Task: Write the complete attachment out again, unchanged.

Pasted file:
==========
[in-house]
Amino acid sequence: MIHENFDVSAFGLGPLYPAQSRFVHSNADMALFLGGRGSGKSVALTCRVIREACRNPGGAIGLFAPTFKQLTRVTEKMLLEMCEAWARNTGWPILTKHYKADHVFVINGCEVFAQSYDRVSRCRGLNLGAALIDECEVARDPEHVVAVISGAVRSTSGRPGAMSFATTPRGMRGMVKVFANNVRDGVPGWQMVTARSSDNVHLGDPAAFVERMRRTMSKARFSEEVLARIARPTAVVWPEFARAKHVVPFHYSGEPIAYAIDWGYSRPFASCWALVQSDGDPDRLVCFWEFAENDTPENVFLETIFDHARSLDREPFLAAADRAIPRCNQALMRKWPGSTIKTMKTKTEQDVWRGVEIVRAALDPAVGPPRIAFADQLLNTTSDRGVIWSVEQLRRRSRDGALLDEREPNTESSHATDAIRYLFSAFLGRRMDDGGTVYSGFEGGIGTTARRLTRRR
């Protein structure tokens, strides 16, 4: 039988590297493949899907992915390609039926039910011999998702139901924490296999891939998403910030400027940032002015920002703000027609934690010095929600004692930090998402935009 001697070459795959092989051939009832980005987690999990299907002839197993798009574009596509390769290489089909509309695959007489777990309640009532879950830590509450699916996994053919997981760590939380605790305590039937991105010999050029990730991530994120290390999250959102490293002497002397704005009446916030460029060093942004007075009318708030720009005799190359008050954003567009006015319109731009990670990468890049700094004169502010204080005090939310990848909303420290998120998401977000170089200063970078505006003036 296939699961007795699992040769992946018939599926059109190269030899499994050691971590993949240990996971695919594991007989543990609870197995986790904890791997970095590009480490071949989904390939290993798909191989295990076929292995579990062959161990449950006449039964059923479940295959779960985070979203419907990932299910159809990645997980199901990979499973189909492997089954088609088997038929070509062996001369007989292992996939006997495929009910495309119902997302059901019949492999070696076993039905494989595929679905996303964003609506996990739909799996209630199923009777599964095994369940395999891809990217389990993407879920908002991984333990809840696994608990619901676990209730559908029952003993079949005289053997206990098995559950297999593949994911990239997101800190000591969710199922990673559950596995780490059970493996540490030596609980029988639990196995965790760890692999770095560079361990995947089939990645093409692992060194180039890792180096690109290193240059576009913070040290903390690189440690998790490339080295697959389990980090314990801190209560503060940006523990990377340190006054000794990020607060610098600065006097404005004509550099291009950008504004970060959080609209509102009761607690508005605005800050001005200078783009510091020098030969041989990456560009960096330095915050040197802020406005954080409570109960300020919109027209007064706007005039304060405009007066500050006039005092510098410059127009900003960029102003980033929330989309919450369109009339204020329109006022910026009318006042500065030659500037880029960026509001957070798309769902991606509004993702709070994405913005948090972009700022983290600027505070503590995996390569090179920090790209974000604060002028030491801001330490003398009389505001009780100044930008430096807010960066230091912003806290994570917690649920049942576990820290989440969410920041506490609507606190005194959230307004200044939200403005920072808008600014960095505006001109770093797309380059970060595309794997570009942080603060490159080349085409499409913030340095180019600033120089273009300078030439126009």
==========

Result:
[in-house]
Amino acid sequence: MIHENFDVSAFGLGPLYPAQSRFVHSNADMALFLGGRGSGKSVALTCRVIREACRNPGGAIGLFAPTFKQLTRVTEKMLLEMCEAWARNTGWPILTKHYKADHVFVINGCEVFAQSYDRVSRCRGLNLGAALIDECEVARDPEHVVAVISGAVRSTSGRPGAMSFATTPRGMRGMVKVFANNVRDGVPGWQMVTARSSDNVHLGDPAAFVERMRRTMSKARFSEEVLARIARPTAVVWPEFARAKHVVPFHYSGEPIAYAIDWGYSRPFASCWALVQSDGDPDRLVCFWEFAENDTPENVFLETIFDHARSLDREPFLAAADRAIPRCNQALMRKWPGSTIKTMKTKTEQDVWRGVEIVRAALDPAVGPPRIAFADQLLNTTSDRGVIWSVEQLRRRSRDGALLDEREPNTESSHATDAIRYLFSAFLGRRMDDGGTVYSGFEGGIGTTARRLTRRR
């Protein structure tokens, strides 16, 4: 039988590297493949899907992915390609039926039910011999998702139901924490296999891939998403910030400027940032002015920002703000027609934690010095929600004692930090998402935009 001697070459795959092989051939009832980005987690999990299907002839197993798009574009596509390769290489089909509309695959007489777990309640009532879950830590509450699916996994053919997981760590939380605790305590039937991105010999050029990730991530994120290390999250959102490293002497002397704005009446916030460029060093942004007075009318708030720009005799190359008050954003567009006015319109731009990670990468890049700094004169502010204080005090939310990848909303420290998120998401977000170089200063970078505006003036 296939699961007795699992040769992946018939599926059109190269030899499994050691971590993949240990996971695919594991007989543990609870197995986790904890791997970095590009480490071949989904390939290993798909191989295990076929292995579990062959161990449950006449039964059923479940295959779960985070979203419907990932299910159809990645997980199901990979499973189909492997089954088609088997038929070509062996001369007989292992996939006997495929009910495309119902997302059901019949492999070696076993039905494989595929679905996303964003609506996990739909799996209630199923009777599964095994369940395999891809990217389990993407879920908002991984333990809840696994608990619901676990209730559908029952003993079949005289053997206990098995559950297999593949994911990239997101800190000591969710199922990673559950596995780490059970493996540490030596609980029988639990196995965790760890692999770095560079361990995947089939990645093409692992060194180039890792180096690109290193240059576009913070040290903390690189440690998790490339080295697959389990980090314990801190209560503060940006523990990377340190006054000794990020607060610098600065006097404005004509550099291009950008504004970060959080609209509102009761607690508005605005800050001005200078783009510091020098030969041989990456560009960096330095915050040197802020406005954080409570109960300020919109027209007064706007005039304060405009007066500050006039005092510098410059127009900003960029102003980033929330989309919450369109009339204020329109006022910026009318006042500065030659500037880029960026509001957070798309769902991606509004993702709070994405913005948090972009700022983290600027505070503590995996390569090179920090790209974000604060002028030491801001330490003398009389505001009780100044930008430096807010960066230091912003806290994570917690649920049942576990820290989440969410920041506490609507606190005194959230307004200044939200403005920072808008600014960095505006001109770093797309380059970060595309794997570009942080603060490159080349085409499409913030340095180019600033120089273009300078030439126009």